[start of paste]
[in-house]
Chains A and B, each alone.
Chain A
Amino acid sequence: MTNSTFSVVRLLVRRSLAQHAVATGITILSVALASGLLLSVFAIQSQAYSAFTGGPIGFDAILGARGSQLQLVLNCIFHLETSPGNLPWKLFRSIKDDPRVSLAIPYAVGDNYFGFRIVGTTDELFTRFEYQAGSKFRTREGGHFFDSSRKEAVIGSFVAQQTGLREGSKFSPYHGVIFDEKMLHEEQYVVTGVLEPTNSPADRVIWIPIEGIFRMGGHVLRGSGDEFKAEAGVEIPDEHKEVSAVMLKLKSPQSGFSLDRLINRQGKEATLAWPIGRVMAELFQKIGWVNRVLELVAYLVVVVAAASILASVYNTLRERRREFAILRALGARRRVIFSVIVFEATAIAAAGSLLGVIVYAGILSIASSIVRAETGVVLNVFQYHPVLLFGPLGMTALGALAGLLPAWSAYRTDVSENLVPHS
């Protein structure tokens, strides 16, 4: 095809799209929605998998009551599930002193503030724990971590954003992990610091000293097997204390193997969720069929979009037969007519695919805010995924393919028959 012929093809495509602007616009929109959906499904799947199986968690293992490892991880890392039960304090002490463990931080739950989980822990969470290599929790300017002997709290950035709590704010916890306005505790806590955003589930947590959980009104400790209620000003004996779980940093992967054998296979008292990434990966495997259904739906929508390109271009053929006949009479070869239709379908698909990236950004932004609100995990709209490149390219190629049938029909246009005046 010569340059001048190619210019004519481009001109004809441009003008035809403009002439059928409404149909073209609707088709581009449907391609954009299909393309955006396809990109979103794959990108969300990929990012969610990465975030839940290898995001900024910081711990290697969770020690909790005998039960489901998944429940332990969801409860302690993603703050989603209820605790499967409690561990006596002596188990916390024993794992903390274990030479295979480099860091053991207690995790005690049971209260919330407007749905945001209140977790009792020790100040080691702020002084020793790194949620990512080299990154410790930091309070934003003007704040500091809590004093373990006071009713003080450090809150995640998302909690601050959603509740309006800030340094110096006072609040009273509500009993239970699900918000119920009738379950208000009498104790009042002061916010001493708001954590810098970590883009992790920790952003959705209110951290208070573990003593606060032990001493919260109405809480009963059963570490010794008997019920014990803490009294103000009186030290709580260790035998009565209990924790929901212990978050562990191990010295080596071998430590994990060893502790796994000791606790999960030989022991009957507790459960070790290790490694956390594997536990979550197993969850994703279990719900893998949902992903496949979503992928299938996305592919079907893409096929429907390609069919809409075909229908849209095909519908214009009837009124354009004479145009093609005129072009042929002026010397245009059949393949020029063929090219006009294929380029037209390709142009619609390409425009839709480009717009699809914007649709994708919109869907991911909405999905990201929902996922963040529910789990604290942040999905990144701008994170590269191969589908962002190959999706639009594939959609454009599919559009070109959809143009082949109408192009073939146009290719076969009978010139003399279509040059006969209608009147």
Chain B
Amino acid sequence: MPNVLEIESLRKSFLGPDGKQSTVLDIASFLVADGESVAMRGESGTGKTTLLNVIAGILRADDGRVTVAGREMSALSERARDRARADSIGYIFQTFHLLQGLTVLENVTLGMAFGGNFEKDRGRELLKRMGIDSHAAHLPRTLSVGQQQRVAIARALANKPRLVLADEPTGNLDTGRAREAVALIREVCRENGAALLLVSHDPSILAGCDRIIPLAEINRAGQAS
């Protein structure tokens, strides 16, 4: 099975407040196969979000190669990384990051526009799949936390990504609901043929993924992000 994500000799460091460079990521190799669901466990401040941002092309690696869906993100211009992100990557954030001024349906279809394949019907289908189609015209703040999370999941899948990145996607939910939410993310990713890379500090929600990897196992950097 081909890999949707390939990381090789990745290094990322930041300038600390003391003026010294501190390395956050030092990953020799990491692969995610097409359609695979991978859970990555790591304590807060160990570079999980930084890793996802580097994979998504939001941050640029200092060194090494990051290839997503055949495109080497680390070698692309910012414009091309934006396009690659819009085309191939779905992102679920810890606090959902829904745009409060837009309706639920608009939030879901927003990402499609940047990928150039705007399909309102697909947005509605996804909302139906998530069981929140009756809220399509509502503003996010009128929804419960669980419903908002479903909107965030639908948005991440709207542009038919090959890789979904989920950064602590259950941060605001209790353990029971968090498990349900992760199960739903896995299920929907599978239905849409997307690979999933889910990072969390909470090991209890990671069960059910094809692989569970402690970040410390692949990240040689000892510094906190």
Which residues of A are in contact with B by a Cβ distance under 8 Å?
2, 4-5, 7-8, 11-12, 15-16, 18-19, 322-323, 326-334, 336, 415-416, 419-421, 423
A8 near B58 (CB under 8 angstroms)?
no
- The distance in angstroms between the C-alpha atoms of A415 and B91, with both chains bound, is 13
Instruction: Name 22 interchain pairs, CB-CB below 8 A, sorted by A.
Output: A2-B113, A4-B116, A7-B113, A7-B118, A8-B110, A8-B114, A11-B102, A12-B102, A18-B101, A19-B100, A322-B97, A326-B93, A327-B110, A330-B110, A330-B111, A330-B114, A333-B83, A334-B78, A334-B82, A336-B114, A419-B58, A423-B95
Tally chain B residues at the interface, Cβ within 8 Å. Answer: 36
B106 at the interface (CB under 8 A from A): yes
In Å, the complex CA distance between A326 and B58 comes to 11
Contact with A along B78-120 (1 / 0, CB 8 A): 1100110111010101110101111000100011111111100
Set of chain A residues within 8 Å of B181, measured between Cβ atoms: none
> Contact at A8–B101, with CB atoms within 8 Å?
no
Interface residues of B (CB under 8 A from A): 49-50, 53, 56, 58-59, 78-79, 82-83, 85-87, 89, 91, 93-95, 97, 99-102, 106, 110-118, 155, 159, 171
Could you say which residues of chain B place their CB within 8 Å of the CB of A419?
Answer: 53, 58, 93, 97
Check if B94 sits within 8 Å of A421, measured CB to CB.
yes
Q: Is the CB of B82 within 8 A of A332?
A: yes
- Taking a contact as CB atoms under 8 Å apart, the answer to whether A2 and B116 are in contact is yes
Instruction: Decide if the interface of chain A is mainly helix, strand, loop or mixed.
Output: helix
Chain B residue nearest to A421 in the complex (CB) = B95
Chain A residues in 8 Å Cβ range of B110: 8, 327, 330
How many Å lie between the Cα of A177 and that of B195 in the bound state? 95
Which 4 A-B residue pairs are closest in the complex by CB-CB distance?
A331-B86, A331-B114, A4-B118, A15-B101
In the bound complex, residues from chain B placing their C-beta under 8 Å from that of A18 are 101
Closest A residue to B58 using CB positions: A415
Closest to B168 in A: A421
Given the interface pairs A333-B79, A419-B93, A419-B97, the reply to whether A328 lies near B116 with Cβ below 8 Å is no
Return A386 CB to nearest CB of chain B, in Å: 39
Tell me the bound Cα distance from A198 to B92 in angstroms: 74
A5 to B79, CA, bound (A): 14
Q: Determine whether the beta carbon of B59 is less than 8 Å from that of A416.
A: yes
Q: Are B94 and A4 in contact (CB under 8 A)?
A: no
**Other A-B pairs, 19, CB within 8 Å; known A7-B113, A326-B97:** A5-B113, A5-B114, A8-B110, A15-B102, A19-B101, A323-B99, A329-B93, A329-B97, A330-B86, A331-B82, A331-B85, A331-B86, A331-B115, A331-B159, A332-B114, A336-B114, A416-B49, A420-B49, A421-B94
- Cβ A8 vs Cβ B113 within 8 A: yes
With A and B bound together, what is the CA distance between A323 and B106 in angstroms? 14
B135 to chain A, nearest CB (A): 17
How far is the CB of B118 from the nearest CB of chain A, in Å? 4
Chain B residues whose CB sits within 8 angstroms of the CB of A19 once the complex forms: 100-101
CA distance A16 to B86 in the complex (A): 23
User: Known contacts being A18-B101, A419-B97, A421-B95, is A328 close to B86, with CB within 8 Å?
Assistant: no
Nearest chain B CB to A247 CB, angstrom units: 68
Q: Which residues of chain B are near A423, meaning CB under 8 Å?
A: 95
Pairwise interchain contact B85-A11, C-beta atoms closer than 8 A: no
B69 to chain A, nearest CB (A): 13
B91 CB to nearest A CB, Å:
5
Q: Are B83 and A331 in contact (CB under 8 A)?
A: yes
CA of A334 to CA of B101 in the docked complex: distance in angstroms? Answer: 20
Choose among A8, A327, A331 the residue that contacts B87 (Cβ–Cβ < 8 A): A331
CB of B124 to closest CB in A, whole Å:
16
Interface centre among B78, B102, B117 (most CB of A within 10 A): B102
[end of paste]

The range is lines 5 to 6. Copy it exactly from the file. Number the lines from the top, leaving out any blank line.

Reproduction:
């Protein structure tokens, strides 16, 4: 095809799209929605998998009551599930002193503030724990971590954003992990610091000293097997204390193997969720069929979009037969007519695919805010995924393919028959 012929093809495509602007616009929109959906499904799947199986968690293992490892991880890392039960304090002490463990931080739950989980822990969470290599929790300017002997709290950035709590704010916890306005505790806590955003589930947590959980009104400790209620000003004996779980940093992967054998296979008292990434990966495997259904739906929508390109271009053929006949009479070869239709379908698909990236950004932004609100995990709209490149390219190629049938029909246009005046 010569340059001048190619210019004519481009001109004809441009003008035809403009002439059928409404149909073209609707088709581009449907391609954009299909393309955006396809990109979103794959990108969300990929990012969610990465975030839940290898995001900024910081711990290697969770020690909790005998039960489901998944429940332990969801409860302690993603703050989603209820605790499967409690561990006596002596188990916390024993794992903390274990030479295979480099860091053991207690995790005690049971209260919330407007749905945001209140977790009792020790100040080691702020002084020793790194949620990512080299990154410790930091309070934003003007704040500091809590004093373990006071009713003080450090809150995640998302909690601050959603509740309006800030340094110096006072609040009273509500009993239970699900918000119920009738379950208000009498104790009042002061916010001493708001954590810098970590883009992790920790952003959705209110951290208070573990003593606060032990001493919260109405809480009963059963570490010794008997019920014990803490009294103000009186030290709580260790035998009565209990924790929901212990978050562990191990010295080596071998430590994990060893502790796994000791606790999960030989022991009957507790459960070790290790490694956390594997536990979550197993969850994703279990719900893998949902992903496949979503992928299938996305592919079907893409096929429907390609069919809409075909229908849209095909519908214009009837009124354009004479145009093609005129072009042929002026010397245009059949393949020029063929090219006009294929380029037209390709142009619609390409425009839709480009717009699809914007649709994708919109869907991911909405999905990201929902996922963040529910789990604290942040999905990144701008994170590269191969589908962002190959999706639009594939959609454009599919559009070109959809143009082949109408192009073939146009290719076969009978010139003399279509040059006969209608009147």
Chain B